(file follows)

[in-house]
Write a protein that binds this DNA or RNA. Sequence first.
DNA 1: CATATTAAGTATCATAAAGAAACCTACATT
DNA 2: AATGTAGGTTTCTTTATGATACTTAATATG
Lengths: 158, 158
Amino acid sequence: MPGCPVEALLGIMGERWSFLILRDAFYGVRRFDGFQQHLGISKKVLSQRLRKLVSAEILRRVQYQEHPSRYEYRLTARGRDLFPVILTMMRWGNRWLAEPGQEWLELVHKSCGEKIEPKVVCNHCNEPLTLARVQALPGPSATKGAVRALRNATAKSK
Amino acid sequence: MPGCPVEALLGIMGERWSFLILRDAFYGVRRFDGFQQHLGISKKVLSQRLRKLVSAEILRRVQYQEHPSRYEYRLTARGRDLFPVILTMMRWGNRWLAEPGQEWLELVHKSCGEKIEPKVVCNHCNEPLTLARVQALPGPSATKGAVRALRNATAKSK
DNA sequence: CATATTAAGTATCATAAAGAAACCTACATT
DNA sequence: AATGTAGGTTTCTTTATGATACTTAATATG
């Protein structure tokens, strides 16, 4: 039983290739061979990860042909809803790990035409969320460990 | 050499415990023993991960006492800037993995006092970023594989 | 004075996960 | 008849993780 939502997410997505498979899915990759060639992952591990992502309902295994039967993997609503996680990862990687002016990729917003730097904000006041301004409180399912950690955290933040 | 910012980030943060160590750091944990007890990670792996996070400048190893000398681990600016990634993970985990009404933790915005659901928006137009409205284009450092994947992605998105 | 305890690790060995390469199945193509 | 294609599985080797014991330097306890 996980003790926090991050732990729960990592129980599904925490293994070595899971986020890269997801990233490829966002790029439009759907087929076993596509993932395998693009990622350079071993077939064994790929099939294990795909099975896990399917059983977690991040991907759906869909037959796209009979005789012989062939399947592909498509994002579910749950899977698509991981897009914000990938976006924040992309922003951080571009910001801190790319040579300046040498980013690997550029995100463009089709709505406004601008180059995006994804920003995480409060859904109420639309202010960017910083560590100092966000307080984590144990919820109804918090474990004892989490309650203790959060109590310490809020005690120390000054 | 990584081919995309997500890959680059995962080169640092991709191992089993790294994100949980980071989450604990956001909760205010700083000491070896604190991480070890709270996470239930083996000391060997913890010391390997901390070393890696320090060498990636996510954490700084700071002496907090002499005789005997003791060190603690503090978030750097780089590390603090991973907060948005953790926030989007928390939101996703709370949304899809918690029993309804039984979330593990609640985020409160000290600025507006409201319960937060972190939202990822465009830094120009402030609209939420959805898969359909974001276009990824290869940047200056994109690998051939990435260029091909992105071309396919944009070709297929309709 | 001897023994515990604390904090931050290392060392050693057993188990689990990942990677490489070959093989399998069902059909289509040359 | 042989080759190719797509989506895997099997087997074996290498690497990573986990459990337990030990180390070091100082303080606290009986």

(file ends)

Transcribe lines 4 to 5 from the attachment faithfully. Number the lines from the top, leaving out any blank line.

DNA 2: AATGTAGGTTTCTTTATGATACTTAATATG
Lengths: 158, 158